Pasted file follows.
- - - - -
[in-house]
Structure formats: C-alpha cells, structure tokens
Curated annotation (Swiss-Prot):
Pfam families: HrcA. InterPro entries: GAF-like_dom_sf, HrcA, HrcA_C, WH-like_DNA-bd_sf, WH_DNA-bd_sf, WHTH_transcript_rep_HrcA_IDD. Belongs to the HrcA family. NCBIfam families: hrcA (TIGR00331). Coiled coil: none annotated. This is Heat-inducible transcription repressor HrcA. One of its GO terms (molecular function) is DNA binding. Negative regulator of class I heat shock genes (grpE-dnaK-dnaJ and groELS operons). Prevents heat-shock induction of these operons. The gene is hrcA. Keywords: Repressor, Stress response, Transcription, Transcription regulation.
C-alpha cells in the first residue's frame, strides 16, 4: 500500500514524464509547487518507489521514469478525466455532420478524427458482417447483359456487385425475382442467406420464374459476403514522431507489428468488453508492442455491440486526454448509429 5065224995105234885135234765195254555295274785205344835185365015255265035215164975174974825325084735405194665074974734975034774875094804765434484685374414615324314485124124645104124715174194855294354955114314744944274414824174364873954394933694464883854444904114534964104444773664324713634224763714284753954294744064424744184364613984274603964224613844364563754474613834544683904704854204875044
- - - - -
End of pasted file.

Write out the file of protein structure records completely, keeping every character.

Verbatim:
[in-house]
Structure formats: C-alpha cells, structure tokens
Curated annotation (Swiss-Prot):
Pfam families: HrcA. InterPro entries: GAF-like_dom_sf, HrcA, HrcA_C, WH-like_DNA-bd_sf, WH_DNA-bd_sf, WHTH_transcript_rep_HrcA_IDD. Belongs to the HrcA family. NCBIfam families: hrcA (TIGR00331). Coiled coil: none annotated. This is Heat-inducible transcription repressor HrcA. One of its GO terms (molecular function) is DNA binding. Negative regulator of class I heat shock genes (grpE-dnaK-dnaJ and groELS operons). Prevents heat-shock induction of these operons. The gene is hrcA. Keywords: Repressor, Stress response, Transcription, Transcription regulation.
C-alpha cells in the first residue's frame, strides 16, 4: 500500500514524464509547487518507489521514469478525466455532420478524427458482417447483359456487385425475382442467406420464374459476403514522431507489428468488453508492442455491440486526454448509429 5065224995105234885135234765195254555295274785205344835185365015255265035215164975174974825325084735405194665074974734975034774875094804765434484685374414615324314485124124645104124715174194855294354955114314744944274414824174364873954394933694464883854444904114534964104444773664324713634224763714284753954294744064424744184364613984274603964224613844364563754474613834544683904704854204875044